Corley said she tries to read papers from all 12 states to come up with story ideas. Her editor also suggests story ideas.

Macomb, IL – The panelists discuss a lawsuit filed by an NBA referee, who is suing The Associated Press and one of its sports writers over a Twitter message.

Writer Jon Krawczynski tweeted that referee William Spooner made a bad call against the Houston Rockets in order to make for an earlier bad call against the Minnesota Timberwolves. Spooner claimed his professional reputation has been hurt.

A representative from the NBA said the league investigated the tweet, found it to be without substance, and considered the matter closed.

Macomb, IL – The panelists discuss whether media outlets should be forced to reveal identifying information about those who post comments to on-line forums.

The discussion stems from a defamation lawsuit in Indiana, where a judge ruled such information should be released.

The panelists agree that those who offer comments in a public forum should be held accountable for what they say. As a result, it might be wise for media outlets to assign someone to review comments before they're posted.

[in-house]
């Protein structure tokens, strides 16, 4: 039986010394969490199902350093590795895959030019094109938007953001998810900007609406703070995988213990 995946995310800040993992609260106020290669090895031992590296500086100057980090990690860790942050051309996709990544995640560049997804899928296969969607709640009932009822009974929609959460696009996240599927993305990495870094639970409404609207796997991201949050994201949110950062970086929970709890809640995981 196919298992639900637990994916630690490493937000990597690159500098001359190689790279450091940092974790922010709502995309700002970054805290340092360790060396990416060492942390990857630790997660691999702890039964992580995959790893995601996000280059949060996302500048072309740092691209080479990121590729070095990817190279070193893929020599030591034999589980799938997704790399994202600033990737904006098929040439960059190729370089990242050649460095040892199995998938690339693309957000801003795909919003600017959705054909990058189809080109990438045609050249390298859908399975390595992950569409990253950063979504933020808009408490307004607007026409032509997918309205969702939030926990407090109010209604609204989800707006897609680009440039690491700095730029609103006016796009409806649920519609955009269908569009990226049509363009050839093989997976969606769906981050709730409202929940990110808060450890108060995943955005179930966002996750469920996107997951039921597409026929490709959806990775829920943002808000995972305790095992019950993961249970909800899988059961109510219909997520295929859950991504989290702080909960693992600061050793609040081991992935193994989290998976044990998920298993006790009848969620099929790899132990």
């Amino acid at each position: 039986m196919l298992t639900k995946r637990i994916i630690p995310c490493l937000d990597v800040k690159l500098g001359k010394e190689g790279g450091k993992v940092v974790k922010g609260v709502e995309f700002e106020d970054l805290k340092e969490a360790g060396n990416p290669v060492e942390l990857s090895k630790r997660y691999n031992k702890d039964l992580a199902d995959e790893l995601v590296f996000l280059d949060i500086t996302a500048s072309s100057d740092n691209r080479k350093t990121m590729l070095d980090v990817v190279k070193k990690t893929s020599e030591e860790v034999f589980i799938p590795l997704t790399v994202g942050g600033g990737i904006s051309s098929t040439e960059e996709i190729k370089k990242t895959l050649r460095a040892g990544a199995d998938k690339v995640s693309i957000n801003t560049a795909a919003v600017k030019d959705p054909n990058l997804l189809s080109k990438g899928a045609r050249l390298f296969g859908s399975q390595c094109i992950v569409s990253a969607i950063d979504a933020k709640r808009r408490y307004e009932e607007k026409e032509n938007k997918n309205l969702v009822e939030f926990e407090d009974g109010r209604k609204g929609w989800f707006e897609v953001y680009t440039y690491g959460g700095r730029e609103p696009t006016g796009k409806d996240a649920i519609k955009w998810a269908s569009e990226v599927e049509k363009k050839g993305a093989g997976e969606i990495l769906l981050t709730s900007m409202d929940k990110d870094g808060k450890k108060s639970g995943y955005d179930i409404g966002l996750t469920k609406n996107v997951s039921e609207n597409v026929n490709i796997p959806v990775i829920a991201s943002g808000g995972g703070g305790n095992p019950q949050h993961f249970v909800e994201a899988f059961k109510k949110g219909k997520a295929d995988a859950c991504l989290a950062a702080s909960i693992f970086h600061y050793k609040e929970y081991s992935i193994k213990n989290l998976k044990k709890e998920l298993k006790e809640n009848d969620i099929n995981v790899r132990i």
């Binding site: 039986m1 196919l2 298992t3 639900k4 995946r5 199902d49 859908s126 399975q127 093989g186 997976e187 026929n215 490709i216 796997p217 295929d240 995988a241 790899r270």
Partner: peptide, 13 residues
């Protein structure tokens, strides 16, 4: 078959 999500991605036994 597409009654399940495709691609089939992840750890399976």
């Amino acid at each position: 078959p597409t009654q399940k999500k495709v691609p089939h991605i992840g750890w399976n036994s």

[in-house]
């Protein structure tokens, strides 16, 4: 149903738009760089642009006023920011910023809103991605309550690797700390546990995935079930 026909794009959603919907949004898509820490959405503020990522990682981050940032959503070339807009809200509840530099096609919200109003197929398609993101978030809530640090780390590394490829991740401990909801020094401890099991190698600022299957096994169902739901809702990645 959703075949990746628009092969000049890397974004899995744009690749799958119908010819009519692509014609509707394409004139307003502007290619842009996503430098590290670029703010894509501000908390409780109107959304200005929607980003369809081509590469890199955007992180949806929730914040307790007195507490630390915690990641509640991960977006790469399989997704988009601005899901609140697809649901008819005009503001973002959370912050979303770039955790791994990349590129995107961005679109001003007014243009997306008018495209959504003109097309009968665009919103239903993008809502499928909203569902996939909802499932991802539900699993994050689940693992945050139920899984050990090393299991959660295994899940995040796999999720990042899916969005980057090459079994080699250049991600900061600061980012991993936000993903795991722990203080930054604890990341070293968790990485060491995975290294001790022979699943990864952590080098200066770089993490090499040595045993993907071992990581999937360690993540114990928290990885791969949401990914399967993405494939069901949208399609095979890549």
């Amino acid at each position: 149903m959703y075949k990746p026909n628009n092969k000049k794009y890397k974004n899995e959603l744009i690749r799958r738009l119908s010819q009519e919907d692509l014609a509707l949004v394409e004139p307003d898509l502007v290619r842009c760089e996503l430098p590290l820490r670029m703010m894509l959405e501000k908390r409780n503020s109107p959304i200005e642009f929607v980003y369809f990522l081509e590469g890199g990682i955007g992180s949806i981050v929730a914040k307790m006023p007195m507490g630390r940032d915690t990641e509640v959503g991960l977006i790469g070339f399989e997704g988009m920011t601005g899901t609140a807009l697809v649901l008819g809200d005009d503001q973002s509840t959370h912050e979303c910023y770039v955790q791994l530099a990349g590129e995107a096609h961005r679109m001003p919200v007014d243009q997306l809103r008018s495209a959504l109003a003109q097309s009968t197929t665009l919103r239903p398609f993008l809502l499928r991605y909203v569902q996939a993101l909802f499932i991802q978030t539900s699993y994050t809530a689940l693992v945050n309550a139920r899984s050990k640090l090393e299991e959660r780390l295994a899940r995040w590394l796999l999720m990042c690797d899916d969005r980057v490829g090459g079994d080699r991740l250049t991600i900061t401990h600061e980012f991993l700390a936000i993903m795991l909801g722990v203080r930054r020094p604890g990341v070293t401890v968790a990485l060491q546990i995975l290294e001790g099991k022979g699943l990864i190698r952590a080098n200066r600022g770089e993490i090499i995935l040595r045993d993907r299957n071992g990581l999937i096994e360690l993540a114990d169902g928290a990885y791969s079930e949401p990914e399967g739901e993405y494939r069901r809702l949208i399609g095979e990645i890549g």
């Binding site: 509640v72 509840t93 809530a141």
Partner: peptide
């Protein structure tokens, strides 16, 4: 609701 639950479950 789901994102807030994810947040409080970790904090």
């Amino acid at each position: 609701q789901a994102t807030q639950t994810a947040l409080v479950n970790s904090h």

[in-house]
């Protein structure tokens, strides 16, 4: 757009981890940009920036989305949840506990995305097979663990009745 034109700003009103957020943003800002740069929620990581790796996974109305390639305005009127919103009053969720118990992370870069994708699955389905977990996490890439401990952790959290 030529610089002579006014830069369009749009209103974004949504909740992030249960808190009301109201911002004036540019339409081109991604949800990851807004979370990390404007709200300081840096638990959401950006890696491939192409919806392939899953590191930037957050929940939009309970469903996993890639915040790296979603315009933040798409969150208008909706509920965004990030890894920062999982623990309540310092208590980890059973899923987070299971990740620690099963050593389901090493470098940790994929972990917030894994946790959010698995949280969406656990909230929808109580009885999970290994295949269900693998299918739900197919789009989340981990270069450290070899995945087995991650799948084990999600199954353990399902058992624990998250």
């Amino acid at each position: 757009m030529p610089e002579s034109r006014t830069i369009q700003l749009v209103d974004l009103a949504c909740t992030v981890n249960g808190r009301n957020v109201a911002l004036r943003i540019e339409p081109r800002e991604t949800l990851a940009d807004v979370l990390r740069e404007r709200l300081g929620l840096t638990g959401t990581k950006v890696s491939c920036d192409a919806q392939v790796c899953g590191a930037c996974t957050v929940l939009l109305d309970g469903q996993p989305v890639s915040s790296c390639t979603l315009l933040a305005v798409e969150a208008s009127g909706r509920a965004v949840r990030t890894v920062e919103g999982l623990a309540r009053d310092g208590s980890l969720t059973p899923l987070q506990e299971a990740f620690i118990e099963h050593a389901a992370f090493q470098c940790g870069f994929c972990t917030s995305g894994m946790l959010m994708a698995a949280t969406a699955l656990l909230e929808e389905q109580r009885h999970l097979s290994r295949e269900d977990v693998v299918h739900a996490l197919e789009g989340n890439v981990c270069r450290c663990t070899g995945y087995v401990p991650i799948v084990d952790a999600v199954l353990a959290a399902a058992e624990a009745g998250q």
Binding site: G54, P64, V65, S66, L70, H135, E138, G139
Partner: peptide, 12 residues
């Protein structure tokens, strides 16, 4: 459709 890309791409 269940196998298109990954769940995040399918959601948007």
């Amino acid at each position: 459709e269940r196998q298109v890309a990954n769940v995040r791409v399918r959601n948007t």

Macomb, IL – The panelists discuss a contract proposal from the owners of WEEK-TV and WHOI-TV in Peoria, who want permission to outsource local news coverage.

Steve Tarter of the Peoria Journal Star reported that members of the news staffs at the TV stations are speaking out against the proposal. They believe local news should be covered by local reporters.

Macomb, IL – The panelists discuss the dangers journalists sometimes face - even when covering stories in the US.

A photojournalist and reporter in California were attacked outside a restaurant while covering an impromptu memorial for a murder victim. The photojournalist was pulled to the ground by her hair and kicked in the head.

Also recently, a reporter in Michigan was attacked while reporting on the aftermath of a highway accident. She was attacked while at a towing yard.